Sex Tape Video of TUPAC SHAKUR Receiving FAVORS Discovered + Cam'ron Says Jay-Z CAN'T HANDLE Competition
A videotape showing slain rapper Tupac Shakur receiving oral sex may soon hit the market. Get the deets inside and hear Cam'ron accuse Jay-Z of being jealous of his skills.
Fans and admirers of Tupac Shakur may soon get a look at a raunchy sex tape starring the "I Get Around" and an eager groupie.
According to TMZ, the tape was shot at a houseparty in 1991 that was attended by Digital Underground.
On the tape, a shirtless-Tupac walks into a room of women with his pants down to his ankles. He picks a woman from the group and she begins performing oral sex on him.
During the act, "...an unreleased song of Tupac's is playing in the background, as Tupac is singing along and dancing, wiggling his hips."
At some point, he even carries on a conversation with Money B as the woman continues.
The owner of the tape, who's making plans to release it, and has remained mum on whether there is a part 2!
In other rap music news....
More shots at the throne. Dipset rapper Cam'ron called out his former Roc-A-Fella boss Jay-Z and accused him of jealousy.
During a recent interview, Cam'ron says he and his Dipset crew bumped heads with Jay-Z because he was threatened by their talent.
"I think he's a good, great businessman, But he's a competitor. He doesn't like people just as good or who may be better on the same level as him. Not dissing him but [Memphis] Bleek and [Beanie Sigel] is like coming underneath him.
I always want Jim [Jones] or Juelz [Santana] to be equal or above me because I'd rather kick back and chill out. But people [like us] coming to that label with the same amount of talent and the same amount of, well, no, pardon me, way more swag. You know what I'm saying? He couldn't handle it."
Jay-Z hasn't responded to Cam'ron accusations because he is busy preparing for the paperback-release of DECODED.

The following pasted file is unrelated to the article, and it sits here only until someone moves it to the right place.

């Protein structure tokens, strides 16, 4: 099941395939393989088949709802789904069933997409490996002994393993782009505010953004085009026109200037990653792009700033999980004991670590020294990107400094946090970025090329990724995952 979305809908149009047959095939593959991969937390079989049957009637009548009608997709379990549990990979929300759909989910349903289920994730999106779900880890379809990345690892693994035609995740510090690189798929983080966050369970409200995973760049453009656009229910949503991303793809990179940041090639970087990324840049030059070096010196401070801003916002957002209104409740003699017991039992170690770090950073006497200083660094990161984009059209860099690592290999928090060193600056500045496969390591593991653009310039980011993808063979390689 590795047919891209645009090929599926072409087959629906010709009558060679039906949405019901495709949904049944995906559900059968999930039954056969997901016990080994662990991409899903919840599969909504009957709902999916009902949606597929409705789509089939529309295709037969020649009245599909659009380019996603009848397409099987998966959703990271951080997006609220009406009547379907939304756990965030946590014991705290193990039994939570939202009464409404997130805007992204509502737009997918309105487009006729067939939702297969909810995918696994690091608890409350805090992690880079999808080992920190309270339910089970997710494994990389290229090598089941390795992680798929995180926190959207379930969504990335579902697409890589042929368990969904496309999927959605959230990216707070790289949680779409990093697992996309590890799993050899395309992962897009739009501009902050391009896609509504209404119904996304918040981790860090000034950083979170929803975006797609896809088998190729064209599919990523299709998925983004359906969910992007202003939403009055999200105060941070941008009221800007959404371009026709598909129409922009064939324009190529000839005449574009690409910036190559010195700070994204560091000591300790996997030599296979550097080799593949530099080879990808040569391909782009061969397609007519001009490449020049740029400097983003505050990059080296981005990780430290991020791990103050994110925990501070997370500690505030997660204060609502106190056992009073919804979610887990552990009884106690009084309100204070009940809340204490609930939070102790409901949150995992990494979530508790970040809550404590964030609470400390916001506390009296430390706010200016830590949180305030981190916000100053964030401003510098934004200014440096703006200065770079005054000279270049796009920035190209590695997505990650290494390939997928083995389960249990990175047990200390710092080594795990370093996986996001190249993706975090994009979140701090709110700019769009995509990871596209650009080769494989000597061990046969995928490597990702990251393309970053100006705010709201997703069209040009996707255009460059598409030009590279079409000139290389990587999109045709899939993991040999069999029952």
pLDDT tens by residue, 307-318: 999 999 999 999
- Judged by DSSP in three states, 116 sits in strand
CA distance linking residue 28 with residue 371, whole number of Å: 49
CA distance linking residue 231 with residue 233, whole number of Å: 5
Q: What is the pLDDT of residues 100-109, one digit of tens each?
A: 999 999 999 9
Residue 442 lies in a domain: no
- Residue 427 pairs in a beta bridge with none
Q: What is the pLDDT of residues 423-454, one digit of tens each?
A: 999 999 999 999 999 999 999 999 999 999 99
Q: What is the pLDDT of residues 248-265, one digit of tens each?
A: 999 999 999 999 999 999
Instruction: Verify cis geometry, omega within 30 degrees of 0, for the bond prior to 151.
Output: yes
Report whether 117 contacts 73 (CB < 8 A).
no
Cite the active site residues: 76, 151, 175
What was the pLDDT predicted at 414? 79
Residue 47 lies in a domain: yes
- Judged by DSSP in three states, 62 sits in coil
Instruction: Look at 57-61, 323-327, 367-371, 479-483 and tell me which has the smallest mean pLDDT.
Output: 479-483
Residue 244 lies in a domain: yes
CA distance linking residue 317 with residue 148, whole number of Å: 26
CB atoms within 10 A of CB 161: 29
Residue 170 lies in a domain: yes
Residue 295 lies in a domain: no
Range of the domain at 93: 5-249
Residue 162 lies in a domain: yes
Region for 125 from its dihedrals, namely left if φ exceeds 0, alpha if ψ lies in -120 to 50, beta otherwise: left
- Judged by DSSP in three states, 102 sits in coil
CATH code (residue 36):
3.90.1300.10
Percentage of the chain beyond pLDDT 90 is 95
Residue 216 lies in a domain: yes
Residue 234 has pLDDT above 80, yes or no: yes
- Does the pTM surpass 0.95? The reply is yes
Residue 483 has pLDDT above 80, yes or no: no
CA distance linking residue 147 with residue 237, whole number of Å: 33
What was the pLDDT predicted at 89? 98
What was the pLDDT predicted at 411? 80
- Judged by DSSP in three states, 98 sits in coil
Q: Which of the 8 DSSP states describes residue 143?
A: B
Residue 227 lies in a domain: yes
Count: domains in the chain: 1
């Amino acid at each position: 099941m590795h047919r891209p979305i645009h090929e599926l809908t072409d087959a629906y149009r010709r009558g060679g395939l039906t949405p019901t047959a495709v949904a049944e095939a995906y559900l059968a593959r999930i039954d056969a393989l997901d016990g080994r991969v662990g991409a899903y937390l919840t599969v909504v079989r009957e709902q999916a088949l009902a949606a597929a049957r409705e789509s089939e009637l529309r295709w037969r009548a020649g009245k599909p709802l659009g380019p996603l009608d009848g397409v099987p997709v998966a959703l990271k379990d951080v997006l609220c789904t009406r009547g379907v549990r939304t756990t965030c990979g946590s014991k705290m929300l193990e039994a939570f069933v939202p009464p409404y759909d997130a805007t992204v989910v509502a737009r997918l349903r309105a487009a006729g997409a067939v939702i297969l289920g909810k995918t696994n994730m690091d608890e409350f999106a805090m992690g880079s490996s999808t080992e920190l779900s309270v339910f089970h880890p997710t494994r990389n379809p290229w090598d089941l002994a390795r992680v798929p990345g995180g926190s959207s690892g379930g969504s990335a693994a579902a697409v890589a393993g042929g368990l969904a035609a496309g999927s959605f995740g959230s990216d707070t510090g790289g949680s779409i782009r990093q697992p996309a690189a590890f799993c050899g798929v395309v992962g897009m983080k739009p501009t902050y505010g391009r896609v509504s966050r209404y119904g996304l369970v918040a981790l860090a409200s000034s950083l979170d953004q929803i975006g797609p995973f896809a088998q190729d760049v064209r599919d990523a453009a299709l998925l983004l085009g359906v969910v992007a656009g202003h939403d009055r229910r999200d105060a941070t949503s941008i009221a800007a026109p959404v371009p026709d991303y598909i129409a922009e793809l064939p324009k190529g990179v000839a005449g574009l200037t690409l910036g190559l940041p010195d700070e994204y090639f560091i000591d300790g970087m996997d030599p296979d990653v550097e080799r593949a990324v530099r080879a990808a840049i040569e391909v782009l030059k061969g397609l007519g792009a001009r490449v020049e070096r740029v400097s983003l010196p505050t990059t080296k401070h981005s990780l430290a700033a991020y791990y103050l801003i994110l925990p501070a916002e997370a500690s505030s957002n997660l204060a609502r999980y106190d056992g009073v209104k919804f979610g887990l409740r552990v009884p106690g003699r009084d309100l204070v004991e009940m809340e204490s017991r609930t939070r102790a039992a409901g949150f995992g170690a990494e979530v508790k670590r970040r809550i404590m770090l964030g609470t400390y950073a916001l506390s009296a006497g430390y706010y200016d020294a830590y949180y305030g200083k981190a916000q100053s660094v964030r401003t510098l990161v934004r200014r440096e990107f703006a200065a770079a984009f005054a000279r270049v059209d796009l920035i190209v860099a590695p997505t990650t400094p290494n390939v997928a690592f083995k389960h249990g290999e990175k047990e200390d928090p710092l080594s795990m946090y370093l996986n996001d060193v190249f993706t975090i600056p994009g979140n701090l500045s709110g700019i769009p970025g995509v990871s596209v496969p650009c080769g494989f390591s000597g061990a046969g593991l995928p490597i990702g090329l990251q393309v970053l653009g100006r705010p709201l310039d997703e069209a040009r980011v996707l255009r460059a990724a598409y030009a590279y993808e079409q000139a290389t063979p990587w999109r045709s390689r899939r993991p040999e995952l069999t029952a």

On shelves, Nov.1, the expanded paperback edition featuring a new Afterword and three new decoded songs. Hova spoke about the book saying,
“What still excites me about rap is that it’s an open thread, a cipher that listeners find their own meanings in. The point of this book is not to settle arguments or transform rap songs into neat stories with a beginning, middle, and end. Rather, I’m trying to point readers to some ideas and information, get them to see deeper into the music than they saw before and learn more about worlds different from their own (or find new ways of looking at the worlds they already know)—to find their own meanings and connect them back to their own lives. I want readers to see the craft and learn the context—and I want them to still be able to feel the magic, and enjoy the show.”
Commenting on the success of the NY Times bestseller, he added,
“I was probably most moved by the tweets I read from kids who wrote things like, This is the first book I’ve ever read all the way through. For all the other accolades the book received, the thing that makes me happiest is knowing that it’s working as a gateway drug for kids to get into reading and into thinking about new ways to use their own experiences.”
Have you copped it yet?